Facebook PixelRecycling plastics with aromatic diamines to form polyamide-imides to make an asphalt substitute
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Recycling plastics with aromatic diamines to form polyamide-imides to make an asphalt substitute

Image credit: Photo by Tirachard Kumtanom from Pexels

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Contrived _voice
Contrived _voice Dec 29, 2021
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Recycling plastics with aromatic diamines to form polyamide-imides to make an asphalt substitute to cut down the carbon emissions from the production of genuine asphalt and help clear landfills.
Why?
The emissions produced when making a new car is equivalent to building just two metres of road.Between 2000 and 2016, the U.S. built an average of 30,427 lane miles of roadway per year, adding 63.4 square miles(164.2052 square kilometres) per year to the amount of land covered by roads. That is just the U.S. The global consequence is a surprisingly steep rise in emmissions as more countries continues to develop the numbers just keep rising. (Emission sources).Further sources are listed below.
  • Assessment Tool to Estimate CO2 Emissions of Pavement Production and Construction, Kamil E. Kaloush et al.
  • Espinoza M. et al., Carbon Footprint Estimation in Road Construction: La Abundancia–Florencia Case Study, 2019.
Solution
Polyamide-imides PAI. these are amorphous polymers that have exceptional mechanical, thermal and chemical resistant properties .(Properties) These properties make them ideal for asphalt substitutes.They can withstand high tempratures thus are suitable for roads in tropical and mediteranian climates. Low thermal expansivity allows for the production of modular roads which could reduce expenses in road mentainance. Of course the standard industrial method of production makes it very expensive limiting its utility greatly.
Practicality
A method of Polyamide-imide synthesis using different monomer sequences. Plastics are polymers thus are long chains of monomers. By breaking up the apropriate polymers it is possible to derive the necessary monomers for PAI synthesis. The PAI's formed show a reduction resistivity but not a significant enough decrease to affect utility.(source).The reduction in cost plus the availability of plastics may make this idea highly practical.
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General comments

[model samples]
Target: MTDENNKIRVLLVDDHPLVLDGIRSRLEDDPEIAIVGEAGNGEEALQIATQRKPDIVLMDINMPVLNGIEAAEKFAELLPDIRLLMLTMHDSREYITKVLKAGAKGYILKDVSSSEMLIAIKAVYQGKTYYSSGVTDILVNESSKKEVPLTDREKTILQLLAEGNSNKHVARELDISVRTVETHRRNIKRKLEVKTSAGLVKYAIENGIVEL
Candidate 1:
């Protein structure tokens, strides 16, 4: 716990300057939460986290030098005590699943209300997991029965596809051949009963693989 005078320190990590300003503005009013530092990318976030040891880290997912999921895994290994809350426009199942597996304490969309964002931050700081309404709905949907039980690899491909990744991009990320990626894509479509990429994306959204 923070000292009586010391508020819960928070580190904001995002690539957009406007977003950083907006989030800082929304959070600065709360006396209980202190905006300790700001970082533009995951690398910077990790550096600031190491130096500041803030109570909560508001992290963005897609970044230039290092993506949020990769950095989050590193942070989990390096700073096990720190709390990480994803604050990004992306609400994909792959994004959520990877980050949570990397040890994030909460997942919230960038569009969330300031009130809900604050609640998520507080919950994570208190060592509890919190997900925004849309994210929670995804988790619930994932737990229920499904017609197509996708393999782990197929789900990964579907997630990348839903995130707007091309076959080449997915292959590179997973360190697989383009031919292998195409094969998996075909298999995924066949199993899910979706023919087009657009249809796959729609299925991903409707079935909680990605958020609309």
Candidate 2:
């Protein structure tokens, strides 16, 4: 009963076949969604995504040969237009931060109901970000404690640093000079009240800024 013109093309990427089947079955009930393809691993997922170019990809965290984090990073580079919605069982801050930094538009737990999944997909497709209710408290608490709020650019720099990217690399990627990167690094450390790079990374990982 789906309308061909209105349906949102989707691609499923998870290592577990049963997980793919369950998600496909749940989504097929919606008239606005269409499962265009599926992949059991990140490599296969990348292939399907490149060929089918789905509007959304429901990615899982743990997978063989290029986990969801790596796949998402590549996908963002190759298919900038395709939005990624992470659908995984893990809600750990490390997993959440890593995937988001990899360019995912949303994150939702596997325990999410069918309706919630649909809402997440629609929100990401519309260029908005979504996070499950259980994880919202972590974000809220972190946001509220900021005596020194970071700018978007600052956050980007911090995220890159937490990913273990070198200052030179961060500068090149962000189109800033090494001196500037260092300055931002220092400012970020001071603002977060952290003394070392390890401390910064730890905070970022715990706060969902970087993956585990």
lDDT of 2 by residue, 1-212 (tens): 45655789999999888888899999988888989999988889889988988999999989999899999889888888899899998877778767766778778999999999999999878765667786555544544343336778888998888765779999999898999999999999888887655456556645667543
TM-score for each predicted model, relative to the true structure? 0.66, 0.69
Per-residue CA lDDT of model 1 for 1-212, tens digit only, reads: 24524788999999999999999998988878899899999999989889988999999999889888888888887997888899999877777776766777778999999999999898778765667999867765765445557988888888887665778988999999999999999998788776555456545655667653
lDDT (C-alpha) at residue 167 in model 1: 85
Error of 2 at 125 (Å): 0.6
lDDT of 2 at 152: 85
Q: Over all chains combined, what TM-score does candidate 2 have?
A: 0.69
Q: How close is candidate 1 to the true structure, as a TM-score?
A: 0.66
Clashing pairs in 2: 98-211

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Shubhankar Kulkarni
Shubhankar Kulkarni25 days ago
This has been done in my city. The plastic mixed with liquid tar is called "polymer-modified bitumen". Apart from reducing plastic waste, road construction, this way, is cheaper, they say. Even the maintenance cost is low and the durability is high (no repairing for at least five years). In all, the plastic-tar roads are 25% better than regular roads and almost 200% more resistant to soaking up water.
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Contrived _voice
Contrived _voice25 days ago
polymer-modified bitumen is great for the environment but bitumen is still a product of fossil fuels and Its production leaves a carbon footprint too. I proposed a substitute that eliminated them and used purely reconstructed plastics reducing the effect on the planet . Aside from that, plastics have a limit to how many times they can be recycled before they lose utility. Reconstructing it to a permanent form that replaces a more carbon emissive form is a generally better solution for the environment.
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Darryl Koh Yuan Jie
Darryl Koh Yuan Jiea month ago
This is a great idea to combat issues like pollution and global warming! I am not a science whiz kid but I am just wondering on the practicality of this idea. On the applications of Polyamidemides in the link you provided, currently on the market, it is mostly used for machinery parts due to their high price. Is there a reason why no one has come up with such an idea of using it for building roads yet?
I understand adding in plastic will reduce the total cost required, however I was wondering if the process of "breaking up the appropriate polymers" as you mentioned would itself require a lot of energy and resources to do so. From my understanding, it isn't that simple. Just curious!(Sorry I am unable to read the full text of the last journal that you linked).
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Contrived _voice
Contrived _voicea month ago
Darryl Koh Yuan Jie It's ok..I hit the same wall..The breaking up process is great but i'ts small scale and I couldn't find exact prices..I was betting on the economies of scale lowering the price of the entire process .In summary the journal just talked about how they reassembled the monomers by reconjugating aromatic diamines after chemically separating them from thier original polymers.
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Darryl Koh Yuan Jie
Darryl Koh Yuan Jiea month ago
Contrived _voice Ah I see. Perhaps, in the near future, the production process of such polyamide-imides can be streamlined thus cutting cost and increasing the effeciency of its formation!
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